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Physics a Nuclear Bomb

Extracts from this document...


                 Nuclear Physics                            Page |

 Table of Contents

Page Number



















Appendix A


Appendix B


Appendix B


Appendix C


Appendix C


Appendix D




The Nuclear bomb is a well known and greatly feared weapon. Its often categorized as a weapon of mass destruction, and appropriately named so after its detonation in Hiroshima, Japan on Monday, August 6, 1945. This bomb, named 'Little boy', instantly incinerated approximately 90,000-166,000 innocent Japanese lives. 2   Little boy was a uranium bomb which was capable of destroying houses from around 1.6 km away from the area of detonation with an overpressure of approximately 5 psi. 2 The Destruction displayed by this bomb in particular was due to X-ray heated fireballs, hyper intensified soundwaves, and gamma radiation.

These X-ray heated fireballs burned at around 3980ᵒC  . Everything near the fireball would spontaneously burst into flames and sand would melt and form glass. 2,3 All human life was incinerated instantly, so quickly that their shadows were etched into the ground beneath them. The premature extinguishing of this fireball was due to the hyper intensified sound waves emitted from the explosion. The hyper intensified soundwaves in fact travelled at speeds much higher than that of the sound barrier, and within the kill zone of the bomb, output a pressure of 5 psi3,  which could easily destroy homes and other buildings.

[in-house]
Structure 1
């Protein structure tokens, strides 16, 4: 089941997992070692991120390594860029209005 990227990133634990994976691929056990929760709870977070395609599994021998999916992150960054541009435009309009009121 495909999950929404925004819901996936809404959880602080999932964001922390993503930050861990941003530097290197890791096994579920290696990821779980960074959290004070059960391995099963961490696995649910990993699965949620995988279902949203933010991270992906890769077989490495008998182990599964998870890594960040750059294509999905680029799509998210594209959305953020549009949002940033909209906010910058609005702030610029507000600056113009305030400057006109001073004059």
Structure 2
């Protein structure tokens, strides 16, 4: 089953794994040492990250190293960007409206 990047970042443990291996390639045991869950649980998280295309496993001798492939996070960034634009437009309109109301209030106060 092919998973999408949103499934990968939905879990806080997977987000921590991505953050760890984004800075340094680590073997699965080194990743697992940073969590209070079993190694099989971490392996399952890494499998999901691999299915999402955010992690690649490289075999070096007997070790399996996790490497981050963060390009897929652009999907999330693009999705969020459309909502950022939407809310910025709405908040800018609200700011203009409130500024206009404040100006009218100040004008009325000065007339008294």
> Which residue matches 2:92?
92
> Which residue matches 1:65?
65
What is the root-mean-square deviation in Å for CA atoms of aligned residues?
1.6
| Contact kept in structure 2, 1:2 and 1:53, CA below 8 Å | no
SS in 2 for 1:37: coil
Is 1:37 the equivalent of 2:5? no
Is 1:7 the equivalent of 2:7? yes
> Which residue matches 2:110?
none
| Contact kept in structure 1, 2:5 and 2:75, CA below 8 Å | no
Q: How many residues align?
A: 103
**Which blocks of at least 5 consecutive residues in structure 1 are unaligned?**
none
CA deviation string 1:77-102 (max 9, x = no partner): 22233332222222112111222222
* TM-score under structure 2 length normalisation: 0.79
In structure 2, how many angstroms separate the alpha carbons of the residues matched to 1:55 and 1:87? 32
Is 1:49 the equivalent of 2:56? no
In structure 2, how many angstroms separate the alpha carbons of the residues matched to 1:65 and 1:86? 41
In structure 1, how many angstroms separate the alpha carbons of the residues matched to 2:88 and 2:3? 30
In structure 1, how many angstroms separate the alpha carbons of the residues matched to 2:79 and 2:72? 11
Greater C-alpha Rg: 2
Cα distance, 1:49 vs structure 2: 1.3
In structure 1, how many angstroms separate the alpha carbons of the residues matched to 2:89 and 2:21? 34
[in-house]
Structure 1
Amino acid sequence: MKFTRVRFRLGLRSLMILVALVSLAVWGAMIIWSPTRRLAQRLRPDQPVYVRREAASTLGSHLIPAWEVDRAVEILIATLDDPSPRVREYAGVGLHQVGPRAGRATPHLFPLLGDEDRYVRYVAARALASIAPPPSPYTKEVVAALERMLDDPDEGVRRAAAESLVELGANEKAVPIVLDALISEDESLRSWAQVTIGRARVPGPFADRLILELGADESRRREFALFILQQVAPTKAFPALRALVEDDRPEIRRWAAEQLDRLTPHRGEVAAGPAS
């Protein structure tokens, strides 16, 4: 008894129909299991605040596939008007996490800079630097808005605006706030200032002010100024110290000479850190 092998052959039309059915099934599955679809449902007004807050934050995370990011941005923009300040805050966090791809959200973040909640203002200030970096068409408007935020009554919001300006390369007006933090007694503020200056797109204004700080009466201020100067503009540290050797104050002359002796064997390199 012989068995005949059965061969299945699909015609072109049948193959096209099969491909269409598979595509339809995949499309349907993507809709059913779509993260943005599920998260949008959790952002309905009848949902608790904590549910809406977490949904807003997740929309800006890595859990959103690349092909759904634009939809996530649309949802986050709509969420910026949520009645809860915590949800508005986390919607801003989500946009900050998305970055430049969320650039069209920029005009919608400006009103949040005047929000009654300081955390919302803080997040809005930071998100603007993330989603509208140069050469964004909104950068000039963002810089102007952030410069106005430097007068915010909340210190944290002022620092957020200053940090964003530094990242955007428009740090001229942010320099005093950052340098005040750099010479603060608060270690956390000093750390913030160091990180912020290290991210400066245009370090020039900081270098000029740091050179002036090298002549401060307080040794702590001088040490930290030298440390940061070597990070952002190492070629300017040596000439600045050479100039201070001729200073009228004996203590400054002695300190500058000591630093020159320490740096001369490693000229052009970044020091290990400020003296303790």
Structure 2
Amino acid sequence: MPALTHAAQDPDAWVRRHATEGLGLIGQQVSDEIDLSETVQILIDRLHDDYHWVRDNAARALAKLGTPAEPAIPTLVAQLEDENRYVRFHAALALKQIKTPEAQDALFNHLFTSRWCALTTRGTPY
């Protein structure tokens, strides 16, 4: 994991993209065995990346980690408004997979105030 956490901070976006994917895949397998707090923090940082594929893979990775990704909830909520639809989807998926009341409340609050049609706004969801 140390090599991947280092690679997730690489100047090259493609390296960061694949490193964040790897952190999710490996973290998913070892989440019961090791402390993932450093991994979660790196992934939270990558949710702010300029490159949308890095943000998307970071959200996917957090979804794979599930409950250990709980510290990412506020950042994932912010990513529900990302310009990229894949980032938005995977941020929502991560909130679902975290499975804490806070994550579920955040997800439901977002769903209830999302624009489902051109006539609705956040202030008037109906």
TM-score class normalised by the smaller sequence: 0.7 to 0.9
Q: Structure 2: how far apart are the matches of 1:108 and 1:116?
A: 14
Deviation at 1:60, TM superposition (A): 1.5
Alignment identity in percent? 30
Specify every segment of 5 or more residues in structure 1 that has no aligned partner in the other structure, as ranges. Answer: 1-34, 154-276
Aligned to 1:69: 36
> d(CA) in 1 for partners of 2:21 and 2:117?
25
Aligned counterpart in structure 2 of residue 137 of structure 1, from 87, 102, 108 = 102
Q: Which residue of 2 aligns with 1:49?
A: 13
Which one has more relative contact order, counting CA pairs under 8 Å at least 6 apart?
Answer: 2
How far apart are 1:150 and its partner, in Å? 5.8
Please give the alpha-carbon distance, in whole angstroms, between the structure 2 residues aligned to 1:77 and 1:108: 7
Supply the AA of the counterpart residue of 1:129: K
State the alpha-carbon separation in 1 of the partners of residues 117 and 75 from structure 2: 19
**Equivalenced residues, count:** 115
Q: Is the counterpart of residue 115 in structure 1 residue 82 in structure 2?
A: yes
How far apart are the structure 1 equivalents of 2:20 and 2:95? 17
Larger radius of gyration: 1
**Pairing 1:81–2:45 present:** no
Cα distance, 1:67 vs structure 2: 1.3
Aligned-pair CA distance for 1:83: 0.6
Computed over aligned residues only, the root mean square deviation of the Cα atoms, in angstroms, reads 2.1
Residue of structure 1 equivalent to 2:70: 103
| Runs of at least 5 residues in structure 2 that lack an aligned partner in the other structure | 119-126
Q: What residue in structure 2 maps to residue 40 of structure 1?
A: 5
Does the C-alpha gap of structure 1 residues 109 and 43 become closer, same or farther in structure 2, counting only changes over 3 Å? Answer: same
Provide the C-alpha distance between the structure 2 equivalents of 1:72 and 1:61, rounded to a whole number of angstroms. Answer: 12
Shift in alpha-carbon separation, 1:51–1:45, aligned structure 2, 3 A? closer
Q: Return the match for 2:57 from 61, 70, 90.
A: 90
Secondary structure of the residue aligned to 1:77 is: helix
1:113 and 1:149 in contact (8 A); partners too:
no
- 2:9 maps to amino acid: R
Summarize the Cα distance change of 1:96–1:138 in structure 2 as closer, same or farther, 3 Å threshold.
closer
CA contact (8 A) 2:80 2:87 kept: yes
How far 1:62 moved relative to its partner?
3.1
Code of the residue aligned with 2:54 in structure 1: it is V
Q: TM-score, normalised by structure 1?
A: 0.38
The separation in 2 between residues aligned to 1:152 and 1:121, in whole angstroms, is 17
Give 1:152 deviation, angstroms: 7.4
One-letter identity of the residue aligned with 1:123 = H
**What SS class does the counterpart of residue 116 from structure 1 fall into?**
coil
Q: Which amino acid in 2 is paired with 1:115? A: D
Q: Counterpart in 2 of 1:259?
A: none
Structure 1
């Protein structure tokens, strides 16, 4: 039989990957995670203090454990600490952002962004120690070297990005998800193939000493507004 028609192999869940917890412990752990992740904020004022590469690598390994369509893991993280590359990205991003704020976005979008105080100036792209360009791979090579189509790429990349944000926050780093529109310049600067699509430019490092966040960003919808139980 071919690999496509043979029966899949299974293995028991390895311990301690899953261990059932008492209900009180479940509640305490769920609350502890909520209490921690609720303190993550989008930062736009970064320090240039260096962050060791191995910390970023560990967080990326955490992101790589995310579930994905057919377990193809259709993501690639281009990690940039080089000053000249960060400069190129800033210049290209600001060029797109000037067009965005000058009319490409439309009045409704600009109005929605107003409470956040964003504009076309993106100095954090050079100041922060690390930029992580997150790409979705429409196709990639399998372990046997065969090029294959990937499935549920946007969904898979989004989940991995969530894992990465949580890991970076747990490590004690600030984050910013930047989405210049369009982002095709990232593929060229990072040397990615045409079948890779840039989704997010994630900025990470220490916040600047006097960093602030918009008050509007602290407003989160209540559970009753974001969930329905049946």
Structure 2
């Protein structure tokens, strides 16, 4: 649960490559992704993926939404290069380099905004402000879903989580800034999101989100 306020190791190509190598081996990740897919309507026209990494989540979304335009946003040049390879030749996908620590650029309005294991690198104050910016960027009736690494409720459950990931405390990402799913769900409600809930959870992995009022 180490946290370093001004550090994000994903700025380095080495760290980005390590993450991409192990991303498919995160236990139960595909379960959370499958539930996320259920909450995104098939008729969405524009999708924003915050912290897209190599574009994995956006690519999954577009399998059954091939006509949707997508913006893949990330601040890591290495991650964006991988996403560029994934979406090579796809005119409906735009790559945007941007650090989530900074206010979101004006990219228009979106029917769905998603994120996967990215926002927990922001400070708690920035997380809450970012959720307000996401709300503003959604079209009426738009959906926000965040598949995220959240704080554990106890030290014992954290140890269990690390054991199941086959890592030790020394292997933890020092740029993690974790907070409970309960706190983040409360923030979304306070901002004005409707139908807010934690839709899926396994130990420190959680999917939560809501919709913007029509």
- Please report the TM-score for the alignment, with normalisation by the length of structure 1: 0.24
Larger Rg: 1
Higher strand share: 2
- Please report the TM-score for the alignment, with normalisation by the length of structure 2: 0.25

After the initial effect of the blast there was still the daunting affects of nuclear radiation and nuclear decay. Radioactive decay is the process of atoms splitting apart, and the small parts of the atom being shot outward at high speeds, thus being called rays, and soon after colliding into and splitting apart surrounding atoms and creating a chain effect. There are different types of radioactive decay which are separately named accordingly as Alpha decay, Beta Decay, and Spontaneous fission. 2

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This method of detonation was used in the atomic bomb named "Little Boy", which was dropped on Hiroshima. Essentially what happens is a small 'bullet' of uranium is displaced by an explosion, which propels it towards and into a larger sphere of uranium (both at subcritical mass) through a canon, and thus creating the supercritical mass of uranium. This supercritical mass is then bombarded with neutrons and is kept under pressure, with external explosives and the bomb casing, to allow fissionable material to fully fission. This is then followed by a massive release of energy and radiation (Refer to Appendix A).